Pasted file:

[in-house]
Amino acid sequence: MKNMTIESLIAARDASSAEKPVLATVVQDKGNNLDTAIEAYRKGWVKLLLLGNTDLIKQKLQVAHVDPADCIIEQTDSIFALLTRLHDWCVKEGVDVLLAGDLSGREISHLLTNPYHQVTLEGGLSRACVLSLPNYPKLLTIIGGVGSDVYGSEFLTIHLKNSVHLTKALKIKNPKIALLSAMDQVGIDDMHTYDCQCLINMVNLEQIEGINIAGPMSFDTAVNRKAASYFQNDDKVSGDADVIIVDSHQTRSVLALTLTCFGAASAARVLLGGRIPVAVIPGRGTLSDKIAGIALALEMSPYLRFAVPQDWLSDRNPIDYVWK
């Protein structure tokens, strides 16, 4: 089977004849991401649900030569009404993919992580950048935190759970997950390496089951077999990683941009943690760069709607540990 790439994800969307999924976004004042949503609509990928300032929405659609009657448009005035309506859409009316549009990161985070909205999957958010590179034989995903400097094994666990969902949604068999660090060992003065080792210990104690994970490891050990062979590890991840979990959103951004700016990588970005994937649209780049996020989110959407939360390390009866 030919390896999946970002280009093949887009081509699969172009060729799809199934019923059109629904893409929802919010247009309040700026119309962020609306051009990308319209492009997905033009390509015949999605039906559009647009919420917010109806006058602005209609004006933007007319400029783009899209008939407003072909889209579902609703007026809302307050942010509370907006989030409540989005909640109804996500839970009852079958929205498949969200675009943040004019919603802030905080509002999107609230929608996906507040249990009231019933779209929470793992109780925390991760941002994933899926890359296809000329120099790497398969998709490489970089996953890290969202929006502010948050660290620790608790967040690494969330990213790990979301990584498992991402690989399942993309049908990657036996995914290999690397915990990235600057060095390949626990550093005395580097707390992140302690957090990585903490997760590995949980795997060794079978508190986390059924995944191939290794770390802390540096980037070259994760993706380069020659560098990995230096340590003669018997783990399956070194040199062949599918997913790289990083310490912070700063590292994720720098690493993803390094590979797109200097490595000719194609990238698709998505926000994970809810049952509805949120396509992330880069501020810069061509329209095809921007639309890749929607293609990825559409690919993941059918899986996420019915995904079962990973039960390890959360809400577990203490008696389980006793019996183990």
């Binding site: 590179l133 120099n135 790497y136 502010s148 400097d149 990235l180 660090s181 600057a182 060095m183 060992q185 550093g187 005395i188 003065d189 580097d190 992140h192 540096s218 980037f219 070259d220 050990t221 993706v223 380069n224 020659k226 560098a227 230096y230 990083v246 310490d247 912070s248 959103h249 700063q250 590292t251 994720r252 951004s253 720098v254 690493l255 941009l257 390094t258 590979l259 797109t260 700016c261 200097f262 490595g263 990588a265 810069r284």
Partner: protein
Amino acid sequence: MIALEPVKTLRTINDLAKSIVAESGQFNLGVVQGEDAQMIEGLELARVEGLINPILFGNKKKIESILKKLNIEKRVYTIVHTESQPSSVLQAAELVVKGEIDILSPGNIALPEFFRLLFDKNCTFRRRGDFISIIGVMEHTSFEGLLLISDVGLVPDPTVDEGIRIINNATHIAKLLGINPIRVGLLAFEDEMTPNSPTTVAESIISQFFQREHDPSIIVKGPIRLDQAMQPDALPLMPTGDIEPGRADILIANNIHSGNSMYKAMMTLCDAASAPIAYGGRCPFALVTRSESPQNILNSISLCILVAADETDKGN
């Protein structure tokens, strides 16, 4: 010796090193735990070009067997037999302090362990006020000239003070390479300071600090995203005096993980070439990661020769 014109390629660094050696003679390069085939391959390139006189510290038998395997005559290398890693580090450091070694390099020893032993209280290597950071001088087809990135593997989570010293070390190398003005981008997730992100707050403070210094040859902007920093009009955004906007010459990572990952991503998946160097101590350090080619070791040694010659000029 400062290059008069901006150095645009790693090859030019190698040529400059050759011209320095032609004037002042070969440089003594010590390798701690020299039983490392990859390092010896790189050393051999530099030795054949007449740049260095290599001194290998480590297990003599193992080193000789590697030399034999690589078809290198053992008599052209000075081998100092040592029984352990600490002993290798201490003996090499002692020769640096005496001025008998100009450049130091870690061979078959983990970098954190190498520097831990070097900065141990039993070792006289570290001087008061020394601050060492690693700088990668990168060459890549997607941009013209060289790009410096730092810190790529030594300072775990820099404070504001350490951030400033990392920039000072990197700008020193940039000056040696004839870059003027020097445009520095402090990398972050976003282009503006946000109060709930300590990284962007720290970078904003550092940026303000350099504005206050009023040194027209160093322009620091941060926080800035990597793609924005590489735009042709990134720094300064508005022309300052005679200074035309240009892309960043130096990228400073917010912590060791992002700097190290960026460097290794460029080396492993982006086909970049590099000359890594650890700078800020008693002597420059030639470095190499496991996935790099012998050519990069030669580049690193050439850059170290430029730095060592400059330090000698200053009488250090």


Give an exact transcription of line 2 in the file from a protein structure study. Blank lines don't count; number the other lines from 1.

Amino acid sequence: MKNMTIESLIAARDASSAEKPVLATVVQDKGNNLDTAIEAYRKGWVKLLLLGNTDLIKQKLQVAHVDPADCIIEQTDSIFALLTRLHDWCVKEGVDVLLAGDLSGREISHLLTNPYHQVTLEGGLSRACVLSLPNYPKLLTIIGGVGSDVYGSEFLTIHLKNSVHLTKALKIKNPKIALLSAMDQVGIDDMHTYDCQCLINMVNLEQIEGINIAGPMSFDTAVNRKAASYFQNDDKVSGDADVIIVDSHQTRSVLALTLTCFGAASAARVLLGGRIPVAVIPGRGTLSDKIAGIALALEMSPYLRFAVPQDWLSDRNPIDYVWK